Divorce is no longer as imposing as a Mt Everest trek.

Divorce is no longer as imposing as a Mt Everest trek. Photo: MacGillivary Freeman Films

Here’s the thing. I am against marriage as the only legitimate romantic relationship. I support gay marriage; matrimony should be possible within any romance, just not the only romantic possibility. I also don’t think marriage has to be monogamous.

But I am starting to have doubts about divorce.

And this is a problem because, er, I am starting to think perhaps divorce really is such a bad thing. I’m starting to think divorce really is ruining our relationships. And it’s starting to make me sound like a hypocritical conservative.

Am I?

Well – perhaps not.

Let me explain.

Divorce used to be difficult, socially. Things that are difficult are generally undesirable, even if their consequence is attractive.

Having the bragging rights to an Mount Everest summit story is attractive, but actually reaching the summit is not. Hence the respect we afford the journey, and the awe-bordering-on-suspicion we grant to those who survive. This peculiar sort of judgement comes from lack of experiential relatability, and a shared belief system – common sense, in this case.

But if the summit could be conquered with ease, and if most of our mates had been there and back, it would be different. Reactions to tales regaled would be met with ambivalence and adverse judgement – “that’s interesting, but you’re crazy” – less likely.

So it is with divorce today. Yes, there are still costs attached to it – legal bills, emotional toll, and so on and so forth, which makes it unattractive. But the social cost has changed. More people have been there and done that, so it’s not as peculiarly fascinating anymore. And the belief system common to most people nowadays doesn’t have the ‘burn in hell’ ring it once did.

Thus divorce is less undesirable. Certainly it’s not attractive – I imagine few divorcees wanted to get divorced as they walked down the aisle – but it is accessible. And this accessibility has impacted on the way we view relationships. And when I say we I mean me, though I presume I’m not alone.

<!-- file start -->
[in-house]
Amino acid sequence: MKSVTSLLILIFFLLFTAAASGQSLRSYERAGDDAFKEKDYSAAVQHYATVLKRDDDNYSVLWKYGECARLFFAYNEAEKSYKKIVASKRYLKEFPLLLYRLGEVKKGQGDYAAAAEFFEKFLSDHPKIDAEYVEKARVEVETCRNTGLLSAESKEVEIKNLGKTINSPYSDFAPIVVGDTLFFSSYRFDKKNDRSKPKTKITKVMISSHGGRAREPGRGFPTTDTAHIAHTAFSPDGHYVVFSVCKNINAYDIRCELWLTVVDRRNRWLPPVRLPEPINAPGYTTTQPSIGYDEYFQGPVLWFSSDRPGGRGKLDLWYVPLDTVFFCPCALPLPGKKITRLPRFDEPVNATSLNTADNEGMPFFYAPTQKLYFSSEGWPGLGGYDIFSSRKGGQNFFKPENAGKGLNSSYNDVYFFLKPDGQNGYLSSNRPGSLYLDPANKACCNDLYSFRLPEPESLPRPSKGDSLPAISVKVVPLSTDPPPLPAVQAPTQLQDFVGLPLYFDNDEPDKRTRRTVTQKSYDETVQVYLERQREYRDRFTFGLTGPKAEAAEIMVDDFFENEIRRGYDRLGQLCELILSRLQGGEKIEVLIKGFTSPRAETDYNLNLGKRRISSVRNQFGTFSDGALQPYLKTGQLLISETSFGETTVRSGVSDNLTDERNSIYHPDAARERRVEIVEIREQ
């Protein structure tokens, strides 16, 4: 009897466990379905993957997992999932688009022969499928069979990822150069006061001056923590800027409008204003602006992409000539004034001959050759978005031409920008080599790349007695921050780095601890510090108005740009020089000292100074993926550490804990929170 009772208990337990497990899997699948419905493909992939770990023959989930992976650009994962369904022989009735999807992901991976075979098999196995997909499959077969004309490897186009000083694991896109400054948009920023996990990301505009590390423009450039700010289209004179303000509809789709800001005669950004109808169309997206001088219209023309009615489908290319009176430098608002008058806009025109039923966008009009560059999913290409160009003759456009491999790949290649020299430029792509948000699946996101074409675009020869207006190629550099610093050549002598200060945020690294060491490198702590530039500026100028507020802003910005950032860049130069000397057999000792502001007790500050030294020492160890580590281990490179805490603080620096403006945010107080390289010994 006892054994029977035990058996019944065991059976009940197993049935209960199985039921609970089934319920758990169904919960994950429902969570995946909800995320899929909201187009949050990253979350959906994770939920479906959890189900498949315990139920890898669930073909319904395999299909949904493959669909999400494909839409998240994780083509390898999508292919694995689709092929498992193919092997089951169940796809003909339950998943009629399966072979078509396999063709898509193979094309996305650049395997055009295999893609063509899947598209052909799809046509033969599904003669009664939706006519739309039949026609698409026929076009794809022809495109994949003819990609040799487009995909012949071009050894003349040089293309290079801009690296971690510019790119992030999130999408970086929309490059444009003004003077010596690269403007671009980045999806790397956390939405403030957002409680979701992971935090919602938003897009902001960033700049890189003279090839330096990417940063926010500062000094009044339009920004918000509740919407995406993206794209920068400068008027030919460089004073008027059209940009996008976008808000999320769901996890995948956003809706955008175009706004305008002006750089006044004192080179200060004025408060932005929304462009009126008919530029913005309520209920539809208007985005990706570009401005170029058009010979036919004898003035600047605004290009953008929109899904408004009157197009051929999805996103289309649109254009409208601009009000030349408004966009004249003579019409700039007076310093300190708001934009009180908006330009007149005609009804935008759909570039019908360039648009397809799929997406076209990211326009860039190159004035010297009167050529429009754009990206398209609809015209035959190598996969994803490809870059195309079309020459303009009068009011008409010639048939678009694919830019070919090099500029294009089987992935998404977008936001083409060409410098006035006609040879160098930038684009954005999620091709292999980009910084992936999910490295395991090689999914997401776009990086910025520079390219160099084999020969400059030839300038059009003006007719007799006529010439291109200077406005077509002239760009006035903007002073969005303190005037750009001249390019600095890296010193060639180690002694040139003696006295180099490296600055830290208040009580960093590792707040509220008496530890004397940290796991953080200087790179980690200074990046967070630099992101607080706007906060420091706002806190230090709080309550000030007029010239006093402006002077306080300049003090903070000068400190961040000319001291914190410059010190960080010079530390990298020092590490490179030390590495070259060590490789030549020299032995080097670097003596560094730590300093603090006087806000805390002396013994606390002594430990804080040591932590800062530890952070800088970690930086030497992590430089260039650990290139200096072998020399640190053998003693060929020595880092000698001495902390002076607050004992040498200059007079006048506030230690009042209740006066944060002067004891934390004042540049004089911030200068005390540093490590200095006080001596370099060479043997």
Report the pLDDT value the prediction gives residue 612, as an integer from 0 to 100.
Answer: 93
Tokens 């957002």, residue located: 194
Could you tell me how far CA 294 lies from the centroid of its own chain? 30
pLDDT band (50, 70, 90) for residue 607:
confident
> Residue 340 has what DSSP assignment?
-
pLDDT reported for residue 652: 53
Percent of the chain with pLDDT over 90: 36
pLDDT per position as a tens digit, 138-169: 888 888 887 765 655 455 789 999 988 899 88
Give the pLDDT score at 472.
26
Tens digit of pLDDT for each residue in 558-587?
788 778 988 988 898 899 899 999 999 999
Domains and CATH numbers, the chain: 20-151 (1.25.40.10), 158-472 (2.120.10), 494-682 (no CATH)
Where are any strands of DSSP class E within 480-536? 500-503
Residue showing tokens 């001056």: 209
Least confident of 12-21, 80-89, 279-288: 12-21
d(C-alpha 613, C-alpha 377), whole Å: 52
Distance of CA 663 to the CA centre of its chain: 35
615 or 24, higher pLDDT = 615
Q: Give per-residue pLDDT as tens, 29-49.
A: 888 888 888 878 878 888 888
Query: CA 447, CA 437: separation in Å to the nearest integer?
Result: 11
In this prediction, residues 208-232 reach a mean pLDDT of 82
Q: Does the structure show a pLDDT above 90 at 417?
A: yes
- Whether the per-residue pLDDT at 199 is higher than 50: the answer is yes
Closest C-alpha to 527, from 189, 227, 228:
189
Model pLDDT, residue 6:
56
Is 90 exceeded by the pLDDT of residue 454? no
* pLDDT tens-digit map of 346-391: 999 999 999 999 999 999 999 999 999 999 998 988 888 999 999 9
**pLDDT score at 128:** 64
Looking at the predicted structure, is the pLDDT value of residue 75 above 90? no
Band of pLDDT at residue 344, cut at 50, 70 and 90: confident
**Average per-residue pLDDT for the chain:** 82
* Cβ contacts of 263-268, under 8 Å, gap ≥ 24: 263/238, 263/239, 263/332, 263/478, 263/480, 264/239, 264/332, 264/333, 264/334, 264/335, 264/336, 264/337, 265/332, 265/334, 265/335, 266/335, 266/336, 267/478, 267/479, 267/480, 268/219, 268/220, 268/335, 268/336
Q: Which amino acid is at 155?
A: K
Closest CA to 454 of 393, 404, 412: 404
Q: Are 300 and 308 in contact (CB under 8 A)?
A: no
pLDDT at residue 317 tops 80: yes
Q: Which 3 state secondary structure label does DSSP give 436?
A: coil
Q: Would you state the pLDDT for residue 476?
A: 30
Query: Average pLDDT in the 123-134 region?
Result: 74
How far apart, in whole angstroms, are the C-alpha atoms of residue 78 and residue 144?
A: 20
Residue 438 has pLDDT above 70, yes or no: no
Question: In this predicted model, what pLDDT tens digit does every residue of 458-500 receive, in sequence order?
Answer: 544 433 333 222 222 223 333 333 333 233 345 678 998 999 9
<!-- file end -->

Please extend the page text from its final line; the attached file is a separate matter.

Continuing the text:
Certainly, when I broach the subject with my 20-to-30-something friends who are single-ish, educated, and could hardly recall a positive parental romance between them, I find similar thoughts have seeded. These notions might not be proudly nurtured by those who would self-describe as liberal progressives who value choice and freedom and individualism above all else. But the idea is there all the same.

The idea that perhaps too much choice, freedom and individualism is challenging love lives in the way their opposites did generations ago, before no-fault divorce swept through much needed change. Divorce in the 60s and 70s was a much needed antidote to the social stiffness and personal constraints of the decades previous.

But that was then. Now, the accessibility of divorce – the ease with which we can conceptualise ending relationships, even very, very serious ones – has helped make the reality of marriage a difficult pill to swallow. The reality of long-term, life-time commitment is the new Mt Everest. Those who manage it might be publicly feted, generally envied and privately doubted by those who have not, but want to.

And about here is where my palm hits my face. What am I saying? That we should go back to a time when marriage was for life no matter what? Where giving up on the great dream was social suicide? Have I regressed?

I don’t think so. I simply think the pendulum has swung too far in the opposite direction and needs to be corrected. I think many of us are sleeping in uncomfortable, lonely and sometimes very unhappy beds. We’ve made these beds with sheets of perpetual dissatisfaction on which we lie and wonder, ‘are you really the one, or just the one for now?’

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